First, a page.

[8] LNG arrives in three main terminals: Isle of Grain, near London; and South Hook and Dragon – both in Milford Haven, Wales. (https://oeuk.org.uk/offshore-energies-uk-oeuk-why-is-the-uk-exporting-gas-when-we-are-short-supply/) These UK ports are also key nodes in the wider European LNG market: the UK has Europe’s second biggest LNG regasification infrastructure after Spain, and much of the LNG that arrives here is re-exported to other countries. (https://assets.publishing.service.gov.uk/government/uploads/system/uploads/attachment_data/file/1086789/Energy_Trends_June_2022.pdf p10)

[9] https://oeuk.org.uk/wp-content/uploads/woocommerce_uploads/2022/03/Business-Outlook-2022-OEUK-axxiz6.pdf p. 22

[10] https://assets.publishing.service.gov.uk/government/uploads/system/uploads/attachment_data/file/1006721/DUKES_5.11.xls

[11] France is currently 84% owner, with plans to buy 100% of shares in November 2022: https://www.edf.fr/en/the-edf-group/dedicated-sections/investors-shareholders/the-edf-share/capital-structure https://www.reuters.com/business/energy/france-keeps-edf-buyout-offer-12-euros-per-share-filing-2022-10-04/

[12] https://www.rwe.com/en/investor-relations/rwe-share/share-at-a-glance/shareholder-structure

[13] https://www.sse.com/investors/

[14] https://www.uniper.energy/investors/share/shareholder-structure

[15] https://orsted.com/en/investors/shares

[16] https://www.forbes.com/profile/daniel-kretinsky/?sh=5359455a518e

[17] https://www.drax.com/investors/shareholder-information/shareholders/

[18] https://www.vitol.com/esg-governance/

[19] https://www.iberdrola.com/shareholders-investors/share/share-capital/shares

[20] https://www.intergen.com/about-us/

[21] https://www.7energy.com/en/about-us/#organigram

[22] https://www.chng.com.cn/en/companyoverview.html

[23] https://assets.publishing.service.gov.uk/government/uploads/system/uploads/attachment_data/file/1006721/DUKES_5.11.xls

[24] https://www.energynetworks.org/operating-the-networks/whos-my-network-operator

[25] https://www.ofgem.gov.uk/energy-data-and-research/data-portal/energy-network-indicators

[26] https://rise.esmap.org/data/files/library/united-kingdom/UK%20Cross%20Cutting/CCQ7/UK%20CC7_Ofgem%20Map%20electricity%20distribution%20network.pdf

[27] https://www.ofgem.gov.uk/energy-data-and-research/data-portal/energy-network-indicators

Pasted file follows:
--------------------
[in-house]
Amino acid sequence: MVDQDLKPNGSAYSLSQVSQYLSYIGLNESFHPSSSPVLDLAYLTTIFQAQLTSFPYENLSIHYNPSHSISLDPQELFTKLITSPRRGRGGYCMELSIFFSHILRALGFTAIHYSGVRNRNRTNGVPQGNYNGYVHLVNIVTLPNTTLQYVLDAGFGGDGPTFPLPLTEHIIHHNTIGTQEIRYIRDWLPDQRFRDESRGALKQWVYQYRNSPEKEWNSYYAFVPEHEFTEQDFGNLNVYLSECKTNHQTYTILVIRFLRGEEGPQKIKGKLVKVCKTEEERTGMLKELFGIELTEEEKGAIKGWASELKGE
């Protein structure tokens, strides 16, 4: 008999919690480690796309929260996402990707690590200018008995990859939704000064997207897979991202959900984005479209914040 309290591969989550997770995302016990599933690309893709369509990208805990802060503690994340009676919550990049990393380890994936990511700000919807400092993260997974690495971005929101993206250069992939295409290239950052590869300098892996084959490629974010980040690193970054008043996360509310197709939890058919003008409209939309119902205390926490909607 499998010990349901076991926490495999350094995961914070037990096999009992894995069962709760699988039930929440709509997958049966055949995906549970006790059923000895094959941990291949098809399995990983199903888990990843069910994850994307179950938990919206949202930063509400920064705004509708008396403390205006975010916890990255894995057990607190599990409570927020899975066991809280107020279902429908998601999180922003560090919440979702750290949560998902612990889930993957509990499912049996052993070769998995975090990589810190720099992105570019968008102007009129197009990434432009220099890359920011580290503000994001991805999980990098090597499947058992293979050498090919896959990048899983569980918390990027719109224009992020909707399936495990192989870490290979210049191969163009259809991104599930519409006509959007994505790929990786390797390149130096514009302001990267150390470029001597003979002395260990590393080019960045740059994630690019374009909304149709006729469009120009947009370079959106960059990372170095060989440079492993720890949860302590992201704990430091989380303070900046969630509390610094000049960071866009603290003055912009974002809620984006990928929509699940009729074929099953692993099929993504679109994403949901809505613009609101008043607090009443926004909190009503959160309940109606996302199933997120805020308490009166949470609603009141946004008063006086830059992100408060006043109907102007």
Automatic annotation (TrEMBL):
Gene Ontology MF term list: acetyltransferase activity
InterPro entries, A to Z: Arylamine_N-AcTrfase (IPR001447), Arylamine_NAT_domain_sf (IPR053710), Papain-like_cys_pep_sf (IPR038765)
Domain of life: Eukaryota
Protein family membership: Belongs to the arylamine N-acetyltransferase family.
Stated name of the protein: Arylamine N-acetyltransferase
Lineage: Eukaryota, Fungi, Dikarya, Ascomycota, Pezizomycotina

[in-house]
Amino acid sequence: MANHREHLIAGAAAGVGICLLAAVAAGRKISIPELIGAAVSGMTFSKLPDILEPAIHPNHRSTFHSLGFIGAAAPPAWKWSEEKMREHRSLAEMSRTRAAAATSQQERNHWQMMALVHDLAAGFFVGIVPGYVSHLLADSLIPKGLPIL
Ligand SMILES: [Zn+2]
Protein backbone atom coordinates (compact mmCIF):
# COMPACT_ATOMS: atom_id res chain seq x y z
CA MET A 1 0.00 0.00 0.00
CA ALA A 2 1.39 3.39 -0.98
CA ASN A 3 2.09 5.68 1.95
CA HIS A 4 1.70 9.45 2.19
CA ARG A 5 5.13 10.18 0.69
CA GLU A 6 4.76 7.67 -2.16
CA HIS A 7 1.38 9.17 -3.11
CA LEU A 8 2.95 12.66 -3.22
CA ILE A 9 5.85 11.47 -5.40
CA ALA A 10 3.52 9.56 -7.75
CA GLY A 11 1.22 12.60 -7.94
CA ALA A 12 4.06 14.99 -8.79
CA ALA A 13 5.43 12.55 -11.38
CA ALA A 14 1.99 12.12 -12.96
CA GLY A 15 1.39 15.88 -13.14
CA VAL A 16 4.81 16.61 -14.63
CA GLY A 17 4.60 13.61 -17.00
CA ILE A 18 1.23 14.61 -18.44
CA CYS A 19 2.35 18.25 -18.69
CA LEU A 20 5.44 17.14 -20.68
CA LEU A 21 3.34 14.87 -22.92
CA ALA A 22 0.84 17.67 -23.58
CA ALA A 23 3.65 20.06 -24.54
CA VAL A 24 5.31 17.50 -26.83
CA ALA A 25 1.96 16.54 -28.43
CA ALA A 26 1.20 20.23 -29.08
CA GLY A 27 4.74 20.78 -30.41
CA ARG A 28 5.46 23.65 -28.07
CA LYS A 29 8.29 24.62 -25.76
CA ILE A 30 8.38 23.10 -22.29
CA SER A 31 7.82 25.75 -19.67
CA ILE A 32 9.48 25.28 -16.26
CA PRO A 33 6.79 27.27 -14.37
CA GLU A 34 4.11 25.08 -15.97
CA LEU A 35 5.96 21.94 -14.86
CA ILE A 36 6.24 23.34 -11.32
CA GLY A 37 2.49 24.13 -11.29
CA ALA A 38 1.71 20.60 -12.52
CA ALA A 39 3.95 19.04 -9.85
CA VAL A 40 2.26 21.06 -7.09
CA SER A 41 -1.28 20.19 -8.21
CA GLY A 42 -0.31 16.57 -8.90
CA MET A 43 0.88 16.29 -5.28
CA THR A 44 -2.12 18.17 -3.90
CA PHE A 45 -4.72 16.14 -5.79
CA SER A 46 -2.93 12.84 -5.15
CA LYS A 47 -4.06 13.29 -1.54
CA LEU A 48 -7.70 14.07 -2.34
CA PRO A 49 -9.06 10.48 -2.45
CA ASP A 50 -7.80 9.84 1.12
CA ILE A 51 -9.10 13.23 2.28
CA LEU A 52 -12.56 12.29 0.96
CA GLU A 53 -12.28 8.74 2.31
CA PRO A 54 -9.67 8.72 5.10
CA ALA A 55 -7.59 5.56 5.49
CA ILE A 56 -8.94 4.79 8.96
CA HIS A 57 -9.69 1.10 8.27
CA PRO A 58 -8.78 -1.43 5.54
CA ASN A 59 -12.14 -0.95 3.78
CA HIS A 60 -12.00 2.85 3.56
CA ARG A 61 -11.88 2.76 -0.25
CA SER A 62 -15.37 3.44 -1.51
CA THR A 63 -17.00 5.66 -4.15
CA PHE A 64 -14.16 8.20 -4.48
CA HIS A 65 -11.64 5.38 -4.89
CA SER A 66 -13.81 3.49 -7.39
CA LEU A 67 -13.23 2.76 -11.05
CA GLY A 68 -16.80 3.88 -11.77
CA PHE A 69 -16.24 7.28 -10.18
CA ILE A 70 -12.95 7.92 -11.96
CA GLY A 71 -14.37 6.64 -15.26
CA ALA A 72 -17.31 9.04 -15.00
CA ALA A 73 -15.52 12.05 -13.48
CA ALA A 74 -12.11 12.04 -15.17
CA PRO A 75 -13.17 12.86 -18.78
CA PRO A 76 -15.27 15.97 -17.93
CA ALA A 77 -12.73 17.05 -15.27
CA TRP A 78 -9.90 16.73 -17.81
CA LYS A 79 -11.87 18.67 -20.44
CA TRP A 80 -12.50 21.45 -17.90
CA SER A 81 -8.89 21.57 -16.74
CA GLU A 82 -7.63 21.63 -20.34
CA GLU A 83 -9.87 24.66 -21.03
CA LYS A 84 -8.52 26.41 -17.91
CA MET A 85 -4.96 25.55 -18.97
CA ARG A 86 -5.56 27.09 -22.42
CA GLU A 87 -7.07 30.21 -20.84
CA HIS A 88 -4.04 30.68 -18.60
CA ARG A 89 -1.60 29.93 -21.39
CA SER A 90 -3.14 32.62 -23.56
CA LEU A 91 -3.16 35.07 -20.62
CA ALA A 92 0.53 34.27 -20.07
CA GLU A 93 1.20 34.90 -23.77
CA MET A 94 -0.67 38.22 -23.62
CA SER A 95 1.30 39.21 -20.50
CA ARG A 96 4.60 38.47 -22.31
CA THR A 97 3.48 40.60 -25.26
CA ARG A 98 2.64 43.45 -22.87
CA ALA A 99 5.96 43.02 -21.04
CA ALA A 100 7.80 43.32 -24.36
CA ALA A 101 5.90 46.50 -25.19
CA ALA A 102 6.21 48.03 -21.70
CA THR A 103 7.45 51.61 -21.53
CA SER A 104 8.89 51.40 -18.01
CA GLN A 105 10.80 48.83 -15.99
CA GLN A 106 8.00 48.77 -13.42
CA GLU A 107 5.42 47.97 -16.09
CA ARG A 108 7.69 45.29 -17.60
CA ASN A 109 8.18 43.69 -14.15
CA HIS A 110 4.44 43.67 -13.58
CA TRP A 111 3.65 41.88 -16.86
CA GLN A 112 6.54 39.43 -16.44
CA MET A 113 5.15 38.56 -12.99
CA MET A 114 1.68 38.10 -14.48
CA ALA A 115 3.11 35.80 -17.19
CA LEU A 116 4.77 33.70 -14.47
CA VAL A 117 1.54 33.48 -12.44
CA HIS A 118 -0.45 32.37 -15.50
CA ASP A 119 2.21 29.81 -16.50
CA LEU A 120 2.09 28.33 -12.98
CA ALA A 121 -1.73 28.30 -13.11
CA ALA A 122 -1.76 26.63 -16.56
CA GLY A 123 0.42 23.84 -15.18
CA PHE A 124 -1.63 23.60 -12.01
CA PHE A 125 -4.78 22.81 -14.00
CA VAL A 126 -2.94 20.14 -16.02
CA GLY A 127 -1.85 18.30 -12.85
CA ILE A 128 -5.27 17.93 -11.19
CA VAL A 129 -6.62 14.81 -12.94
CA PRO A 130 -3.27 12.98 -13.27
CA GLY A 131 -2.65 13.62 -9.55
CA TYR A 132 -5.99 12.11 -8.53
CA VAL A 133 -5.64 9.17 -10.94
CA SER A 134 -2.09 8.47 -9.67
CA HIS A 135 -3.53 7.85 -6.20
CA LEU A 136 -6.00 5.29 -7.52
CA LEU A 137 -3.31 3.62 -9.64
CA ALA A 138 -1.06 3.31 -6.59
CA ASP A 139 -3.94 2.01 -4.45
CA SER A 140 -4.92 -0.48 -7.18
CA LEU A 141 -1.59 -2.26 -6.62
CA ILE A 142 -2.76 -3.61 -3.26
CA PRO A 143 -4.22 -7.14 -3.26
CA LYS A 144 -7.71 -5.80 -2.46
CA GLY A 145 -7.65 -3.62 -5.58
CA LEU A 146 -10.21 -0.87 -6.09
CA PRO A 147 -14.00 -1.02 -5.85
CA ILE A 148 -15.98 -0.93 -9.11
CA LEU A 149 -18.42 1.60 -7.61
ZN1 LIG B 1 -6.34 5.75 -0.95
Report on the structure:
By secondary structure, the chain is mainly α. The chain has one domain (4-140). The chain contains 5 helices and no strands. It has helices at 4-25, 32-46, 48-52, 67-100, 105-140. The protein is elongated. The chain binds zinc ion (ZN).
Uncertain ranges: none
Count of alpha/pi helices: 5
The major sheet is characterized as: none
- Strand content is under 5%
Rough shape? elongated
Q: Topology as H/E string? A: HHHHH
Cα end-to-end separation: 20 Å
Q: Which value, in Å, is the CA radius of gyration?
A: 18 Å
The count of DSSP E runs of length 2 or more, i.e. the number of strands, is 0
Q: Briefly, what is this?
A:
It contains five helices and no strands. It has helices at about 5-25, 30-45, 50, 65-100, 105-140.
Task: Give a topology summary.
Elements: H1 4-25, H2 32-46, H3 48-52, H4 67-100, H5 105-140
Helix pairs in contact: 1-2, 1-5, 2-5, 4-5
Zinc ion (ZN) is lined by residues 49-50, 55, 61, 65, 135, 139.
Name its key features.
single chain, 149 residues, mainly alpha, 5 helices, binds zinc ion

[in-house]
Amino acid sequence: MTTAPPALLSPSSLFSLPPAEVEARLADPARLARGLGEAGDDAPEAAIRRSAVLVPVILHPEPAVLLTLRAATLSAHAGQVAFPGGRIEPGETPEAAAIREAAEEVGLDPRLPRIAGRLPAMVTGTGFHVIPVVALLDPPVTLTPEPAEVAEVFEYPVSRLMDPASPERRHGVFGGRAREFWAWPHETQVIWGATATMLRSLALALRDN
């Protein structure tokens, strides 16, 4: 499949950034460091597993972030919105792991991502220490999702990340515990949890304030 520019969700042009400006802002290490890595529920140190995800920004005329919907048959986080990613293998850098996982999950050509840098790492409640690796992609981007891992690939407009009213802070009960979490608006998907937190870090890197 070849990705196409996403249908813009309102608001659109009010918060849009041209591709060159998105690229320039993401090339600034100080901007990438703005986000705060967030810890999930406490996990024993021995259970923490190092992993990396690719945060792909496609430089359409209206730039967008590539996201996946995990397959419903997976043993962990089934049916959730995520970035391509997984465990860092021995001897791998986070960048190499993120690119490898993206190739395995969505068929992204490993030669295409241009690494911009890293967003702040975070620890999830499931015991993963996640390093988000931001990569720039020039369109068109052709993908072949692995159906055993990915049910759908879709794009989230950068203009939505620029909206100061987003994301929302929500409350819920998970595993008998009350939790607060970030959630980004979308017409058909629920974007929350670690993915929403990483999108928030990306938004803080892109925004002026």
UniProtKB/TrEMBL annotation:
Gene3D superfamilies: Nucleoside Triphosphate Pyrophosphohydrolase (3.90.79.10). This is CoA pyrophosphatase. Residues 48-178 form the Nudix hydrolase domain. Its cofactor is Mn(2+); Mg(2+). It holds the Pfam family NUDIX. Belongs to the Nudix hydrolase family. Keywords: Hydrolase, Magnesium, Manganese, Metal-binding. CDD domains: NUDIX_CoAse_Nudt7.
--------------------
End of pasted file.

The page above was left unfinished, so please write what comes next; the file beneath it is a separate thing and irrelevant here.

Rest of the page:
[28] https://www.uregni.gov.uk/about-us

[29] https://find-and-update.company-information.service.gov.uk/company/10991462/persons-with-significant-control

[30] CapitalIQ, 11/22.

[31] https://www.timesandstar.co.uk/news/18078799.consortium-takes-electricity-north-west/

[32] https://www.northernpowergrid.com/about-us#who-we-are

[33] https://www.investopedia.com/terms/b/berkshire-hathaway.asp

[34] https://www.ukpowernetworks.co.uk/about-us/our-ownership

[35] https://www.forbes.com/sites/puigwenyeung/2019/08/02/li-familys-ck-hutchison-and-ck-asset-report-jump-in-profits/?sh=5b882e3e4be3

[36] https://www.spenergynetworks.co.uk/pages/privacy.aspx

[37] https://www.ssen.co.uk/globalassets/our-services/tools-and-maps/ltds-scotland/scottish-hydro-electric-power-distribution-long-term-development-statement---part-1_nov-2021-1.pdf p. 1

[38] https://cadentgas.com/about-us/our-company/investor-relations/group-structure

[39] https://www.northerngasnetworks.co.uk/about-us/our-owners/

[40] https://www.wwutilities.co.uk/about-us/our-company/

[41] https://www.bbc.co.uk/news/uk-scotland-58063791

[42] https://www.ofgem.gov.uk/energy-data-and-research/data-portal/energy-network-indicators

[43] https://rise.esmap.org/data/files/library/united-kingdom/UK%20Cross%20Cutting/CCQ7/UK%20CC7_Ofgem%20Map%20electricity%20distribution%20network.pdf

[44] https://cadentgas.com/about-us/industry/the-gas-industry

[45] https://assets.publishing.service.gov.uk/media/5773de34e5274a0da3000113/final-report-energy-market-investigation.pdf p. 2

[46] https://www.ofgem.gov.uk/retail-market-indicators